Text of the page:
|Johnson & Johnson Chief Scientific Officer Paul Stoffels|
GlaxoSmithKline ($GSK), Johnson & Johnson ($JNJ) and a group of industry titans are helping kick off a U.K. government-led fund designed to spotlight new approaches to dementia and Alzheimer's disease, investing in a $100 million effort to bankroll discovery work around the world.
The money will help launch the Global Dementia Discovery Fund, which aims to unite industry, government and nonprofits in pursuit of novel medicines. GSK is putting up $25 million to get the project rolling, while J&J is investing $10 million and the U.K. government is adding in about $22 million. Biogen Idec ($BIIB), Eli Lilly ($LLY) and Pfizer ($PFE) are on board to make up the difference.
The fund is an outgrowth of last year's G8 Dementia Summit, hosted by the U.K., in which some of the world's most powerful nations banded together to focus on the growing scourge of neurodegeneration around the globe. That initiative led to a slew of research programs focused on finding new biomarkers, developing novel imaging techniques and improving data analytics, and the discovery project is the latest facet of the effort.
The goal of the Global Dementia Discovery Fund is to spur translational research that will take early concepts from the lab to the proof-of-concept stage and, eventually, to patients, J&J Chief Scientific Officer Paul Stoffels said. Step one is appointing a scientific advisory board from each of the founding organizations, a group that will then scour the world's research community for promising projects to support. And any proceeds from the sale or licensing of such programs will go right back into the fund to help progress the next idea.
Alzheimer's research has been among the most perilous pursuits in recent biopharma history, and J&J, whose bapineuzumab blew up in late-stage trials, knows as well as anyone. But Stoffels is steadfast in his belief that the field needs as many irons in the fire as possible, with multiple companies and institutions interrogating every possible pathway toward treating the disease. And the Global Dementia Discovery Fund will take a similarly agnostic approach to R&D, Stoffels said, looking to fan out across neurodegenerative disease without prejudice.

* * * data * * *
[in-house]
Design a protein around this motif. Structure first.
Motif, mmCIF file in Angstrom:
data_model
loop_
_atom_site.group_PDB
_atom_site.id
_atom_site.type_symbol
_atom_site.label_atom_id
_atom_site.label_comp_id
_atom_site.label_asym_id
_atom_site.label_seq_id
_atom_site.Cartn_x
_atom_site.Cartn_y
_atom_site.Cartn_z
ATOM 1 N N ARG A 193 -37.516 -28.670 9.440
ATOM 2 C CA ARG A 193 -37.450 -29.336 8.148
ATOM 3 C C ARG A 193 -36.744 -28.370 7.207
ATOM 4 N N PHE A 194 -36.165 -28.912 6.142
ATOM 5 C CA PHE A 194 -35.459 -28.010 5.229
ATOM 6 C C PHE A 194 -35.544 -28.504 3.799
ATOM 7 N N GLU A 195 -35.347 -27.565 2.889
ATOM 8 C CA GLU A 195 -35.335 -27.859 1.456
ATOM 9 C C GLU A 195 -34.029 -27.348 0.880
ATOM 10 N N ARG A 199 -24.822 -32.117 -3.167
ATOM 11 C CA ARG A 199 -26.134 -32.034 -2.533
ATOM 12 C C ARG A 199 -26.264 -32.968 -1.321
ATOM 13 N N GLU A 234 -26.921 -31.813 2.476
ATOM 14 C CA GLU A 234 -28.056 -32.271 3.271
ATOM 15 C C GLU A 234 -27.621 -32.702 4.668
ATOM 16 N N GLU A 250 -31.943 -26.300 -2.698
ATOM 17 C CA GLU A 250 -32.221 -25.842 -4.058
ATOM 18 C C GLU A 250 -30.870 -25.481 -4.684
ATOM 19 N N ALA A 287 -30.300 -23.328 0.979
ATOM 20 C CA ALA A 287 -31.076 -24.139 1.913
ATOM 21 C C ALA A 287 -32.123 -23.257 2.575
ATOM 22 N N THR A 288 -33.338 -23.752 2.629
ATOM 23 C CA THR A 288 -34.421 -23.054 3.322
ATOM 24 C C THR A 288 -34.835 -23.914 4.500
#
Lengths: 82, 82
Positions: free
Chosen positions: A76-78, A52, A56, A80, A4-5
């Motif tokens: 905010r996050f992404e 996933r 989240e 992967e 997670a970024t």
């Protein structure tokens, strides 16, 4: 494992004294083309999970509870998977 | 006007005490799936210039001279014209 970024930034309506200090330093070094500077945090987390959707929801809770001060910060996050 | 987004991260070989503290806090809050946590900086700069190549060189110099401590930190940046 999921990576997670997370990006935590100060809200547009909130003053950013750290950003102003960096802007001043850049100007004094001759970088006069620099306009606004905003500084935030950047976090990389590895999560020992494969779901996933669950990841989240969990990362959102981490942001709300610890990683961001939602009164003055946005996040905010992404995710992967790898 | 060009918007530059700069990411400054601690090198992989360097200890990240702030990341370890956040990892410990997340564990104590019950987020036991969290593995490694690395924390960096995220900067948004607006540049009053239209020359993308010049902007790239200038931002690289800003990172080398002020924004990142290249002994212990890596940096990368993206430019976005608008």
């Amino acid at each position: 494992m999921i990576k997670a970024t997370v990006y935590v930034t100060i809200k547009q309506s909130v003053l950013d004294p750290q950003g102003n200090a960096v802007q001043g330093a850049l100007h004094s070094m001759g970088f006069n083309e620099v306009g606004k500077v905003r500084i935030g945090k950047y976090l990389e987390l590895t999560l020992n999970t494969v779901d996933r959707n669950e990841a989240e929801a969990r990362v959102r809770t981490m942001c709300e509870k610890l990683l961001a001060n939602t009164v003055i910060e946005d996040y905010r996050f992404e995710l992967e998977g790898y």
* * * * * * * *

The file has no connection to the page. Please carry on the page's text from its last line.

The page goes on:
"That's the approach you need to take," he said. "Increasing the diversity of people working and increasing the diverse thinking with different approaches--and you don't do that when you constrain yourself."
And, as GSK R&D chief Patrick Vallance notes, the fund is also a smart way of distributing the substantial financial risks in pursuing dementia and Alzheimer's. Venture funding for neurodegeneration research is often hard to come by for early-stage projects, as that oft-cited history of failure and murky returns on investment tend to scare off investors. Bringing together a group of deeply experienced and deep-pocketed partners could help change the narrative, Vallance said in a statement.
As for the U.K. government, Prime Minister David Cameron said moving the needle in dementia R&D requires "a bold and determined global effort to invest in medical research," and the fund is a major step forward.
Dementia affects about 44 million people around the world, according to the group, and that figure is expected to double by 2030 and triple by 2050.
- read GSK's release
- here's J&J's announcement
- and the U.K.'s note